The South Carolina Governor’s School for Science and Mathematics (GSSM) is pleased to announce Dr. James P. Clements, president of Clemson University, will serve as the keynote speaker during the School’s 26th commencement ceremony Saturday, May 30, at the DeLoach Center in Hartsville, 11 a.m.
“Graduation is a very special day, and I'm honored that the Governor's School has invited me to be part of this year's ceremonies,” said President Clements. “I look forward to spending some time with these bright young people, their families and the school's dedicated faculty and staff.”
Clements became Clemson University’s 15th president on December 31, 2013, after serving nearly five years as president of West Virginia University. He succeeded Jim Barker, who retired after 14 years as Clemson’s president. He is also a Professor in the School of Computing, College of Engineering and Science, at Clemson.
Clements holds a B.S. in Computer Science and M.S. and Ph.D. in Operations Analysis from the University of Maryland Baltimore County, and an M.S. in Computer Science from Johns Hopkins University. He has published and/or presented more than 75 papers in the fields of computer science, higher education, information technology, project management and strategic planning.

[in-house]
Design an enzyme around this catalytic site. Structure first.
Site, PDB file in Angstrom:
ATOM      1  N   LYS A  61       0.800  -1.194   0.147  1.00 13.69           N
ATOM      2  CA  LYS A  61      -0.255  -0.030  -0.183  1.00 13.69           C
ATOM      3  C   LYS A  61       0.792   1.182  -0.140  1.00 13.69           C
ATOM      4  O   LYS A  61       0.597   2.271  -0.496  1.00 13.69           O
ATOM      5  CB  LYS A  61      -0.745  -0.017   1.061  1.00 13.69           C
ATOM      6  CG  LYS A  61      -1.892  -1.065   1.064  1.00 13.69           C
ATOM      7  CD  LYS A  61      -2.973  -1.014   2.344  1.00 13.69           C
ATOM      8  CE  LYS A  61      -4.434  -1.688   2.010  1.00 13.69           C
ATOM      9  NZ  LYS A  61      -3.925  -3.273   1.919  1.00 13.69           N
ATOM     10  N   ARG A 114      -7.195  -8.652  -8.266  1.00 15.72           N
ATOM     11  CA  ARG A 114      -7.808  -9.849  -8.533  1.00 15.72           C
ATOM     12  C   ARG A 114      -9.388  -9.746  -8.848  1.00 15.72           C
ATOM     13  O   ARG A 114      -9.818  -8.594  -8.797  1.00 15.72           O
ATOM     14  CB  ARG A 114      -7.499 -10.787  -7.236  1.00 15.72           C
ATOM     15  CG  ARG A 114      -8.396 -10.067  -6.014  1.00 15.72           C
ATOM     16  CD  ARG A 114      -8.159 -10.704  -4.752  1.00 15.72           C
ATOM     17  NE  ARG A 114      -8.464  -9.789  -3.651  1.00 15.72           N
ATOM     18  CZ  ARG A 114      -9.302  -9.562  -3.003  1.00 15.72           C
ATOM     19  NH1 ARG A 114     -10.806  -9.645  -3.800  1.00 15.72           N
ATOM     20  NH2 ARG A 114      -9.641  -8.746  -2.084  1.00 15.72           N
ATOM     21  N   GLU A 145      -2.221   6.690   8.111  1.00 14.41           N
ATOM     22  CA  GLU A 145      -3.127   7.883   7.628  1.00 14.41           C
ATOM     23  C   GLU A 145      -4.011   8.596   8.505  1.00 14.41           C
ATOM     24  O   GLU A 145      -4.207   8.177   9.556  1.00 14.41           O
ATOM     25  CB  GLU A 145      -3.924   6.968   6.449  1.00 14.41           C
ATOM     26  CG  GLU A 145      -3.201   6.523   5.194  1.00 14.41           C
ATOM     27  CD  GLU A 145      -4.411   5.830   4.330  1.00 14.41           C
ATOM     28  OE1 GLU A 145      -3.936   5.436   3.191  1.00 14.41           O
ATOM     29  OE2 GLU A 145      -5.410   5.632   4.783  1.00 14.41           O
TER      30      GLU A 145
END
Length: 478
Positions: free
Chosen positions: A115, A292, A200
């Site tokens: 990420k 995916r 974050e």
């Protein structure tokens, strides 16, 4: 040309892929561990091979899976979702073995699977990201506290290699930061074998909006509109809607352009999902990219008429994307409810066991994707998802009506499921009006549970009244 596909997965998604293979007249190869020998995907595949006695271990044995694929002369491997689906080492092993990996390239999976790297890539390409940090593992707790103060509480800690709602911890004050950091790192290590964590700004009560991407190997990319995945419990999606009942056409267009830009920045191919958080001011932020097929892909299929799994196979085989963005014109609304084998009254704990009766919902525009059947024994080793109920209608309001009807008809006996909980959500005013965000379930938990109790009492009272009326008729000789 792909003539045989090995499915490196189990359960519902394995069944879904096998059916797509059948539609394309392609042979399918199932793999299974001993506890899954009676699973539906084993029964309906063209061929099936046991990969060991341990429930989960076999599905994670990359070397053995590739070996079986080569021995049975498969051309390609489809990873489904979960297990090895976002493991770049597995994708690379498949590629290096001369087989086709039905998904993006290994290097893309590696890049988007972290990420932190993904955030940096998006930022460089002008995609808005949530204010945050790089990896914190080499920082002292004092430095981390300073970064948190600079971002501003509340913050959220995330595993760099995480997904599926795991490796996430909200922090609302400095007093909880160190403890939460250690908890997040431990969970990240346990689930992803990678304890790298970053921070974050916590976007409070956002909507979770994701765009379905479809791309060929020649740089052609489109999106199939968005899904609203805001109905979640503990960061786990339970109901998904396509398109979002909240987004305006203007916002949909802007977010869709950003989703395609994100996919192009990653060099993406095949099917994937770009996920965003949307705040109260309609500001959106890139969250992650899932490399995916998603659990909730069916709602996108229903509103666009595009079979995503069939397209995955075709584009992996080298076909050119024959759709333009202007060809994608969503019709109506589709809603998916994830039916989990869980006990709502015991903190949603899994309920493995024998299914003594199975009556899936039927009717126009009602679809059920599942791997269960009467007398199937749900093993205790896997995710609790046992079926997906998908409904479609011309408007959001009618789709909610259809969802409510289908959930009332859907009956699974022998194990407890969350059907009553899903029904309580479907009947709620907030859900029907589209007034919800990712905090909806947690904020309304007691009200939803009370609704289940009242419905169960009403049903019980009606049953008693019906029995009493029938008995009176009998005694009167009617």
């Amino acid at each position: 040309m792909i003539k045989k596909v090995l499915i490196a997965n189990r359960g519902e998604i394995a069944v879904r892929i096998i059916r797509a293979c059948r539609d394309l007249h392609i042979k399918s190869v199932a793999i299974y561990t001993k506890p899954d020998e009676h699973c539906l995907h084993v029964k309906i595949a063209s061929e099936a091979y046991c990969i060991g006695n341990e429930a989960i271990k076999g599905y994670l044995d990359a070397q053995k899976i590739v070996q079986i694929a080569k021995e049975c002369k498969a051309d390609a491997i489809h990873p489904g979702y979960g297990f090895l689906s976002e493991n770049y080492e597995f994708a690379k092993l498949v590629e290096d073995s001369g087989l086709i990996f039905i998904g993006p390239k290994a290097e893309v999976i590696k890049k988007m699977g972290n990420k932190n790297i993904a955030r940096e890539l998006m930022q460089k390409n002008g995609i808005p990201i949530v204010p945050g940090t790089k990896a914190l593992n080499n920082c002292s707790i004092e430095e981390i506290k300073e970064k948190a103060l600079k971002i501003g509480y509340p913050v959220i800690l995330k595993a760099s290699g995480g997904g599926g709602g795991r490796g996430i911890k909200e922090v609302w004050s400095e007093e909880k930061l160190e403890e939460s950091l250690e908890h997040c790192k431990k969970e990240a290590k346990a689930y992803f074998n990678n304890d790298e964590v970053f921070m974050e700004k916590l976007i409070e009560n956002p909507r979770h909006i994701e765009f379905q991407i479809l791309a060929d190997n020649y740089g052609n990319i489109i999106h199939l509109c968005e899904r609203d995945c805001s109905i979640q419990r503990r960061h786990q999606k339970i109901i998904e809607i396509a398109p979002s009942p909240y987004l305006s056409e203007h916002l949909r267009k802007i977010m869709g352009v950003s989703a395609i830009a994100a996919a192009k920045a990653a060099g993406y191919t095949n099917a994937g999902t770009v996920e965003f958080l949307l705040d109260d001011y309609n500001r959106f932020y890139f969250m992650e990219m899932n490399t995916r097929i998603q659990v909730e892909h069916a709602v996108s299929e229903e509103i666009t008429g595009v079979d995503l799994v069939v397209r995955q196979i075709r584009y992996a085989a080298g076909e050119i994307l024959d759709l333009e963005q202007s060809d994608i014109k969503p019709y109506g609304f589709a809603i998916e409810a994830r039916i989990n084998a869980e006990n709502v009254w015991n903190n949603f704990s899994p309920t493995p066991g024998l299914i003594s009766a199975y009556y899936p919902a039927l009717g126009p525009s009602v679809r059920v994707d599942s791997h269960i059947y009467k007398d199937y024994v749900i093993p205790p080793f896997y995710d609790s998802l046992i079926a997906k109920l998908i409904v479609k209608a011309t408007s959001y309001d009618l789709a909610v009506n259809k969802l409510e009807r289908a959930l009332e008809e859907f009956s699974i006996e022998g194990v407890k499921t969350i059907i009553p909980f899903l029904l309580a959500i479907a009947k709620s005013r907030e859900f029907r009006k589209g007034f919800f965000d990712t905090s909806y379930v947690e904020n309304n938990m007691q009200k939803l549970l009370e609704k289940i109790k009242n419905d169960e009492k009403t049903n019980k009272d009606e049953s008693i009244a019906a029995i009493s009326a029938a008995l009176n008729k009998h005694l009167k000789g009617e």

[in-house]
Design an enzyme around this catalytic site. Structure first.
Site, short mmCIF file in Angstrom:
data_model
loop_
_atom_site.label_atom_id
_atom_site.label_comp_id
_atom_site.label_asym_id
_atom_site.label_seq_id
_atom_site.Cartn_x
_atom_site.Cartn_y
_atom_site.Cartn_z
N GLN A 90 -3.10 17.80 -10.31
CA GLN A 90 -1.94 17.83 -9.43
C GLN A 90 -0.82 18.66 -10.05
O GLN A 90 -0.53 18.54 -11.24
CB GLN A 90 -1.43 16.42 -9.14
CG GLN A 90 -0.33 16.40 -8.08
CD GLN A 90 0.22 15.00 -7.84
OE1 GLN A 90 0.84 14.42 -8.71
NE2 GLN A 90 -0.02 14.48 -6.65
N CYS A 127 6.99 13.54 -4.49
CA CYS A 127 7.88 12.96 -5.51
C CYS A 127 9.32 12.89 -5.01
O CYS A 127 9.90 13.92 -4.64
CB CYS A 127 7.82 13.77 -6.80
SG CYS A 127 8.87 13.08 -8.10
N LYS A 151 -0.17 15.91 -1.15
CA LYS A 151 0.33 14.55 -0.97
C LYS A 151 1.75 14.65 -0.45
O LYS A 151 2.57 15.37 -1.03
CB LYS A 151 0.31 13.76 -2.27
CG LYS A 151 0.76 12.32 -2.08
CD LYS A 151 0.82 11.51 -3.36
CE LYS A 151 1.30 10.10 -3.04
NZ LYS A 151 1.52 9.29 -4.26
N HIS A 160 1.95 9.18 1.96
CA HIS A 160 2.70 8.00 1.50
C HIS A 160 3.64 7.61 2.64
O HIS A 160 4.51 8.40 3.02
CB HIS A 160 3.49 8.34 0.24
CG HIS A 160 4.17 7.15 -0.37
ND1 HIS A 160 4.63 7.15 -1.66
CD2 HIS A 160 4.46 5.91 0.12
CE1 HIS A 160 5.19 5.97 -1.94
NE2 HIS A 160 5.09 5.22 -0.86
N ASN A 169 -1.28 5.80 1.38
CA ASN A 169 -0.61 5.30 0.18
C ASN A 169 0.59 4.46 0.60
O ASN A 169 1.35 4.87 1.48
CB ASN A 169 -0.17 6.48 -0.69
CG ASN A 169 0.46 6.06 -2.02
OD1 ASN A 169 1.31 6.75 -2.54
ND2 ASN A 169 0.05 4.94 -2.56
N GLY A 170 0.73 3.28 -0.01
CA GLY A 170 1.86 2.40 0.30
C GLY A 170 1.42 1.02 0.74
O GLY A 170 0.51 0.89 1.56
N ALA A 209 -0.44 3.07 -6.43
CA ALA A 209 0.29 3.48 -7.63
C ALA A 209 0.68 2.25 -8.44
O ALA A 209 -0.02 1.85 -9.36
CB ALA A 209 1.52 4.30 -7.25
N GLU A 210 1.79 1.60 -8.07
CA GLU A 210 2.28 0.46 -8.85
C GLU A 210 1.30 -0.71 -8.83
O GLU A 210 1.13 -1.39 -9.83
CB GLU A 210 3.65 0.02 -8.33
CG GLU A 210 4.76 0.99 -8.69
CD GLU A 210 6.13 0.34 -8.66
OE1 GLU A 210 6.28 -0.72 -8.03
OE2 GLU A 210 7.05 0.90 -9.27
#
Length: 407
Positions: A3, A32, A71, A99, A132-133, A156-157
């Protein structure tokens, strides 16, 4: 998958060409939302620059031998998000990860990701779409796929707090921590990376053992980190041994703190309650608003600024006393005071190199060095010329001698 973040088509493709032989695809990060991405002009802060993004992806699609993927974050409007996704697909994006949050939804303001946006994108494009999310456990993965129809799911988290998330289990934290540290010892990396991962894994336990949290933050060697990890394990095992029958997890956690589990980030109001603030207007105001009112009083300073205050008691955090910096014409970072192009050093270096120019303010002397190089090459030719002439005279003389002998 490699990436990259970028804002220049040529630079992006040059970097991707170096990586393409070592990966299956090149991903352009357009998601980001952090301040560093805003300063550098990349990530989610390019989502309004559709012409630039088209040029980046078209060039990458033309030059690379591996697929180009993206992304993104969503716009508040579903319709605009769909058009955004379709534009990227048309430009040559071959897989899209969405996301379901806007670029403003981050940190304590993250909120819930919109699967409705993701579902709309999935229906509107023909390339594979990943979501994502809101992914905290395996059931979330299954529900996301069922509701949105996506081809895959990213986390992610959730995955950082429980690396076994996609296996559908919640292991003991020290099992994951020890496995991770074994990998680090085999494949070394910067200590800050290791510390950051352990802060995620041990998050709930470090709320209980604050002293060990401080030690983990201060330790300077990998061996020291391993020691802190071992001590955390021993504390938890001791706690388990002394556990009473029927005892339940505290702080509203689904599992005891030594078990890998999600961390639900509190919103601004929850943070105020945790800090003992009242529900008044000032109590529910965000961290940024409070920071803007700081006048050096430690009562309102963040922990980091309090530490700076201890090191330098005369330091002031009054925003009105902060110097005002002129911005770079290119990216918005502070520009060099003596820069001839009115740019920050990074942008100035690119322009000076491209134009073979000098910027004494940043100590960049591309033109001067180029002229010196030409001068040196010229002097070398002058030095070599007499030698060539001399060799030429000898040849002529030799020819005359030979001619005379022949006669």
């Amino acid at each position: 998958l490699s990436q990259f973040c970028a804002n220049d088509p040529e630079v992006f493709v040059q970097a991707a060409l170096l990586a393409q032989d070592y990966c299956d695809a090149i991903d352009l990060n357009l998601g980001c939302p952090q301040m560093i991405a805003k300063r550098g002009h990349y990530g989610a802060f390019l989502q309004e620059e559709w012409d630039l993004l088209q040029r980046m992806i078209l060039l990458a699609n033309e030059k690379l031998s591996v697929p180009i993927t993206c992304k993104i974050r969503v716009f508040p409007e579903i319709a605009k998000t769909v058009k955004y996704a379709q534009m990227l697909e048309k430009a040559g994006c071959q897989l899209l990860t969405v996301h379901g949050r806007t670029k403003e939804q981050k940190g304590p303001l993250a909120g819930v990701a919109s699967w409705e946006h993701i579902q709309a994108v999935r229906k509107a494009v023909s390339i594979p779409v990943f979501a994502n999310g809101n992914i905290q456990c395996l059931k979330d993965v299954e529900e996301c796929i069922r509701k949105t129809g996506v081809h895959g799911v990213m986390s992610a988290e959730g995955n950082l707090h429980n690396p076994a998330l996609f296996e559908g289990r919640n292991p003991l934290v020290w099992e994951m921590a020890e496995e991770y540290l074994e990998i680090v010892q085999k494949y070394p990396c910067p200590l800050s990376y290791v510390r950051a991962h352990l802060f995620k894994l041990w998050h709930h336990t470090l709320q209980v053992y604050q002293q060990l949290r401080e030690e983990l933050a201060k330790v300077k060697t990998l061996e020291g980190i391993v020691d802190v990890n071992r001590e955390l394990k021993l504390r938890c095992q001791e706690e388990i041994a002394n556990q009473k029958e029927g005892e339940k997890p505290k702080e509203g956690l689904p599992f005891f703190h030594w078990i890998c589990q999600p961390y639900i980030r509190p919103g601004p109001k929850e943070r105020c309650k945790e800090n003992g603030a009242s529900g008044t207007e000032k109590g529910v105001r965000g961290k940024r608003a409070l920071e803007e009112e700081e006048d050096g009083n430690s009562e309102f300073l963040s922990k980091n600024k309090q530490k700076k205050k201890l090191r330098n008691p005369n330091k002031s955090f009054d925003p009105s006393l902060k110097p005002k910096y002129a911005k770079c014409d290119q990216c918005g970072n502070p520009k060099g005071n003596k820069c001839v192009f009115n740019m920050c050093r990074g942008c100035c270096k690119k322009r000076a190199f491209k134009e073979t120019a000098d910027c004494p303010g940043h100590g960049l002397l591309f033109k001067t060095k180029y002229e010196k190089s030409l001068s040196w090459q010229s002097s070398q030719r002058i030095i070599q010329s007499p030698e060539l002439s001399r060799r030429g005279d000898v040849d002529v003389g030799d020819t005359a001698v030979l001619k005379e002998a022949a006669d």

During Clements’ tenure at WVU, the university set records in private fund-raising, enrollment, research and patients served through the health system, and reached 95 percent of its $750 million capital campaign goal two years ahead of schedule.
“We are honored to welcome President Clements to join us for our graduation ceremony,” said Dr. Murray Brockman, GSSM president. “His career shows where a passion for education with a STEM-focus can lead. His remarks will have a great impact on our students.”
Sixty-five percent of the school’s 112 graduating seniors will attend South Carolina colleges and universities in the fall. Notable out-of-state schools they will attend include Duke University, United States Naval Academy, University of Notre Dame, Tufts University, Embry-Riddle Aeronautical University, and Washington University in St. Louis.